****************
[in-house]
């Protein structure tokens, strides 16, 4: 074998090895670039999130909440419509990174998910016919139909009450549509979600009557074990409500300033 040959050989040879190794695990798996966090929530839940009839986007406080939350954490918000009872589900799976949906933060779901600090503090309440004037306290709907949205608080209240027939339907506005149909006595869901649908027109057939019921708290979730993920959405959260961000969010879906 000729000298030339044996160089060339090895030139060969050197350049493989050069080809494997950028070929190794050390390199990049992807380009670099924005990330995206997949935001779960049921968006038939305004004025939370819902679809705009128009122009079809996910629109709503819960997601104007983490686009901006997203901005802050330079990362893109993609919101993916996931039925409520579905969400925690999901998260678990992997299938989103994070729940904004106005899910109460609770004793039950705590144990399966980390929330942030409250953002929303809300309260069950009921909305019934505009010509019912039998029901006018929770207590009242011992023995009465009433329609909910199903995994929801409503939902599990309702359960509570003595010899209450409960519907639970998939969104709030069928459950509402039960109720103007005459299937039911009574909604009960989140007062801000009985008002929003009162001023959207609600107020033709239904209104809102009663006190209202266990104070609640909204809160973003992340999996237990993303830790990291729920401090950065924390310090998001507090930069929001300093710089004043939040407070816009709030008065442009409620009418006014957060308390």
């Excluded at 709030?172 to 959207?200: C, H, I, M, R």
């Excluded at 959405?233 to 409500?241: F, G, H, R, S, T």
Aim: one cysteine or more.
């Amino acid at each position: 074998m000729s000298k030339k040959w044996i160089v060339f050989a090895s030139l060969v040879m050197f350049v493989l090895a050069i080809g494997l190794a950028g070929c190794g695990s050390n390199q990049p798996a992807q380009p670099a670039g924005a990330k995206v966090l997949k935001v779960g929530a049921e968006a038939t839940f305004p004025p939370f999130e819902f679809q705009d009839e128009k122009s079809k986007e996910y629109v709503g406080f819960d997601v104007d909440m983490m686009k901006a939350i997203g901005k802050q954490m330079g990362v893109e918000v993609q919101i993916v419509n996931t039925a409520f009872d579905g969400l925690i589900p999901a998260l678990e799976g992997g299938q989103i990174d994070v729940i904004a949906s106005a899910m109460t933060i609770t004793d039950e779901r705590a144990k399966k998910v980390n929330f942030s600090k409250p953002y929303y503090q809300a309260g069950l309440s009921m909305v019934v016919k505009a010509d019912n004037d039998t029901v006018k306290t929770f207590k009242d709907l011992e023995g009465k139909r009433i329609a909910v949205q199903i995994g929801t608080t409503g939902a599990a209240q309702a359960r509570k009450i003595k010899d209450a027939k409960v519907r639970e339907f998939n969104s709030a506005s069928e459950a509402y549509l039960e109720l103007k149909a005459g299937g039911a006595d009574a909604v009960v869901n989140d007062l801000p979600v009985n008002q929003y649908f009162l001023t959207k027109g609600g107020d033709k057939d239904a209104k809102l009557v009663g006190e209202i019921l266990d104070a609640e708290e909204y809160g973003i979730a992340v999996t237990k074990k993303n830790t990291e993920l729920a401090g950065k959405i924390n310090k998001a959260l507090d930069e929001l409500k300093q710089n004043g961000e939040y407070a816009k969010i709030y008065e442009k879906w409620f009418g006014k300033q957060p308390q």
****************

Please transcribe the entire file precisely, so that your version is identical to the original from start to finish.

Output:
[in-house]
């Protein structure tokens, strides 16, 4: 074998090895670039999130909440419509990174998910016919139909009450549509979600009557074990409500300033 040959050989040879190794695990798996966090929530839940009839986007406080939350954490918000009872589900799976949906933060779901600090503090309440004037306290709907949205608080209240027939339907506005149909006595869901649908027109057939019921708290979730993920959405959260961000969010879906 000729000298030339044996160089060339090895030139060969050197350049493989050069080809494997950028070929190794050390390199990049992807380009670099924005990330995206997949935001779960049921968006038939305004004025939370819902679809705009128009122009079809996910629109709503819960997601104007983490686009901006997203901005802050330079990362893109993609919101993916996931039925409520579905969400925690999901998260678990992997299938989103994070729940904004106005899910109460609770004793039950705590144990399966980390929330942030409250953002929303809300309260069950009921909305019934505009010509019912039998029901006018929770207590009242011992023995009465009433329609909910199903995994929801409503939902599990309702359960509570003595010899209450409960519907639970998939969104709030069928459950509402039960109720103007005459299937039911009574909604009960989140007062801000009985008002929003009162001023959207609600107020033709239904209104809102009663006190209202266990104070609640909204809160973003992340999996237990993303830790990291729920401090950065924390310090998001507090930069929001300093710089004043939040407070816009709030008065442009409620009418006014957060308390």
């Excluded at 709030?172 to 959207?200: C, H, I, M, R």
């Excluded at 959405?233 to 409500?241: F, G, H, R, S, T």
Aim: one cysteine or more.
């Amino acid at each position: 074998m000729s000298k030339k040959w044996i160089v060339f050989a090895s030139l060969v040879m050197f350049v493989l090895a050069i080809g494997l190794a950028g070929c190794g695990s050390n390199q990049p798996a992807q380009p670099a670039g924005a990330k995206v966090l997949k935001v779960g929530a049921e968006a038939t839940f305004p004025p939370f999130e819902f679809q705009d009839e128009k122009s079809k986007e996910y629109v709503g406080f819960d997601v104007d909440m983490m686009k901006a939350i997203g901005k802050q954490m330079g990362v893109e918000v993609q919101i993916v419509n996931t039925a409520f009872d579905g969400l925690i589900p999901a998260l678990e799976g992997g299938q989103i990174d994070v729940i904004a949906s106005a899910m109460t933060i609770t004793d039950e779901r705590a144990k399966k998910v980390n929330f942030s600090k409250p953002y929303y503090q809300a309260g069950l309440s009921m909305v019934v016919k505009a010509d019912n004037d039998t029901v006018k306290t929770f207590k009242d709907l011992e023995g009465k139909r009433i329609a909910v949205q199903i995994g929801t608080t409503g939902a599990a209240q309702a359960r509570k009450i003595k010899d209450a027939k409960v519907r639970e339907f998939n969104s709030a506005s069928e459950a509402y549509l039960e109720l103007k149909a005459g299937g039911a006595d009574a909604v009960v869901n989140d007062l801000p979600v009985n008002q929003y649908f009162l001023t959207k027109g609600g107020d033709k057939d239904a209104k809102l009557v009663g006190e209202i019921l266990d104070a609640e708290e909204y809160g973003i979730a992340v999996t237990k074990k993303n830790t990291e993920l729920a401090g950065k959405i924390n310090k998001a959260l507090d930069e929001l409500k300093q710089n004043g961000e939040y407070a816009k969010i709030y008065e442009k879906w409620f009418g006014k300033q957060p308390q």